The genus Phymata was formerly placed in its own family, Phymatidae.

 
Synonyms

 

 
Common
Names

Pennsylvania ambush bug

 

 

 

 

Glossary

Beak

On plants: A comparatively short and stout, narrow or prolonged tip on a thickened organ, as on some fruits and seeds. On insects: The protruding, tubular mouthpart of a sucking insect.

 

Femur

On insects and arachnids, the third, largest, most robust segment of the leg, coming immediately before the tibia. On humans, the thigh bone.

 

Ocellus

Simple eye; an eye with a single lens. Plural: ocelli.

 

Pronotum

The saddle-shaped, exoskeletal plate on the upper side of the first segment of the thorax of an insect.

 

Scutellum

The exoskeletal plate covering the rearward (posterior) part of the middle segment of the thorax in some insects. In Coleoptera, Hemiptera, and Homoptera, the dorsal, often triangular plate behind the pronotum and between the bases of the front wings. In Diptera, the exoskeletal plate between the abdomen and the thorax.

 

Tarsus

On insects, the last two to five subdivisions of the leg, attached to the tibia; the foot. On spiders, the last segment of the leg. Plural: tarsi.

 

Tibia

The fourth segment of an insect leg, after the femur and before the tarsus (foot). The fifth segment of a spider leg or palp.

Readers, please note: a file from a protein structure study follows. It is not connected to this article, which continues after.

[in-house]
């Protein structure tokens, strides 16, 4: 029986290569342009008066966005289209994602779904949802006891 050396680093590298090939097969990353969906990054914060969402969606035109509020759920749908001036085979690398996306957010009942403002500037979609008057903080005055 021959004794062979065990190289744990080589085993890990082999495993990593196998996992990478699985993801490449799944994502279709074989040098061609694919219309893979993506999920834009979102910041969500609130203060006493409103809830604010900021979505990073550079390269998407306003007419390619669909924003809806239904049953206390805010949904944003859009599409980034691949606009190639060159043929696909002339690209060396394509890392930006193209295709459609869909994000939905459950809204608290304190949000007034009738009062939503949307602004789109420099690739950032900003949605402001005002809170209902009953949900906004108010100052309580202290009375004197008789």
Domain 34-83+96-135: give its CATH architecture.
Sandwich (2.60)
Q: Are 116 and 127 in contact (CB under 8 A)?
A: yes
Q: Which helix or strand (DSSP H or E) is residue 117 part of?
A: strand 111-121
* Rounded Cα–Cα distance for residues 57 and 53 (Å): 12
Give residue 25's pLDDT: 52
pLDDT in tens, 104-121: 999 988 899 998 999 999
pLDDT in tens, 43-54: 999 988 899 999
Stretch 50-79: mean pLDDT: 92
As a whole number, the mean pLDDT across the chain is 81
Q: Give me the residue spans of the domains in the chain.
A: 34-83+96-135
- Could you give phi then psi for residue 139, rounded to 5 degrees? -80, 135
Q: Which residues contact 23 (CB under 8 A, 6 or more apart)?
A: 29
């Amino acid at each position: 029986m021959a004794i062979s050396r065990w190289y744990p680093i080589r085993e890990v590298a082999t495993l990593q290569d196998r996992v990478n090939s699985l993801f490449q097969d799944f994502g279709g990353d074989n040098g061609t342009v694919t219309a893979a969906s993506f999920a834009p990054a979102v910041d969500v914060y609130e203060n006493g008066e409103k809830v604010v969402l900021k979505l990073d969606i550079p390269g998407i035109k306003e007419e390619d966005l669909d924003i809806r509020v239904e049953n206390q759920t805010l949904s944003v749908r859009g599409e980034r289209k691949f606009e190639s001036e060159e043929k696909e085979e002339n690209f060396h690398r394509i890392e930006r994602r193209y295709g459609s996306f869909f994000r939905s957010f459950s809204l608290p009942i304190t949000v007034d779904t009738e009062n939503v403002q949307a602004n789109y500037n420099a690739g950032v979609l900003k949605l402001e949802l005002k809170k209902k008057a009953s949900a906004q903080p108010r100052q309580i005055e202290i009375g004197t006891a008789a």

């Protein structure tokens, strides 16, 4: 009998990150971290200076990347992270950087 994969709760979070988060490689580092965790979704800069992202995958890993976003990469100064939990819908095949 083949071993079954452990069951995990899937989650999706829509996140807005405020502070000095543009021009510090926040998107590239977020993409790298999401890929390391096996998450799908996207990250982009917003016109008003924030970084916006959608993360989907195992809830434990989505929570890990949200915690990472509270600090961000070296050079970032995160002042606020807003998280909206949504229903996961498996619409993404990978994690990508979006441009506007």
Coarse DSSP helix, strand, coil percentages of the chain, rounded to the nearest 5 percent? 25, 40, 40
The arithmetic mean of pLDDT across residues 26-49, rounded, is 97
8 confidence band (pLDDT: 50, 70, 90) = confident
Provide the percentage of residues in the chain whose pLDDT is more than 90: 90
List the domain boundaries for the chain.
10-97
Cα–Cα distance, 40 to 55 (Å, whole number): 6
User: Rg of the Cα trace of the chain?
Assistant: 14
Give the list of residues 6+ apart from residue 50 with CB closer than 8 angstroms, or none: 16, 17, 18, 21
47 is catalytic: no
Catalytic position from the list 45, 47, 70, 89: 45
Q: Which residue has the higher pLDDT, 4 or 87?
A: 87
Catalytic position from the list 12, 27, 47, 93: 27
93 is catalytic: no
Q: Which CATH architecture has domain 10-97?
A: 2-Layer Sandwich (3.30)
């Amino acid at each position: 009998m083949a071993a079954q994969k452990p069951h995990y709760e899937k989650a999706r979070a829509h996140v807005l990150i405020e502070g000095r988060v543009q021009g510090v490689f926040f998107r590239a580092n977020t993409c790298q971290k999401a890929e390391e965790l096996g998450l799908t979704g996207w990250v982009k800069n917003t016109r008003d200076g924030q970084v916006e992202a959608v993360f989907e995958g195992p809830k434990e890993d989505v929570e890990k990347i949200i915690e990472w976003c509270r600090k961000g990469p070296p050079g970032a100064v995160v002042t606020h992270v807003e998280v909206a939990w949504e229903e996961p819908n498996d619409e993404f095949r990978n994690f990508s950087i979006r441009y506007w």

Vertex

The upper surface of an insect’s head.

 

 

 

 

 

       
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  Pennsylvania ambush bug   Pennsylvania ambush bug
       
  Pennsylvania ambush bug   Pennsylvania ambush bug
       
  Pennsylvania ambush bug   Pennsylvania ambush bug
       
       
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About

Aug 23, 2020

Sorry for the shakeycam, breathing and verticality. Not everyone is a professional who set up their equipment for an hour under perfect conditions. Some people are just amateurs with a phone and a clip-on macro lens.

   
       

 

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Mike Poeppe
8/7/2020

Location: 1 mile west of Houston, MN

Pennsylvania ambush bug


Mike Poeppe
8/6/2020

Location: just west of Houston, MN

Pennsylvania ambush bug


     
     
 
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Created: 8/24/2020

Last Updated: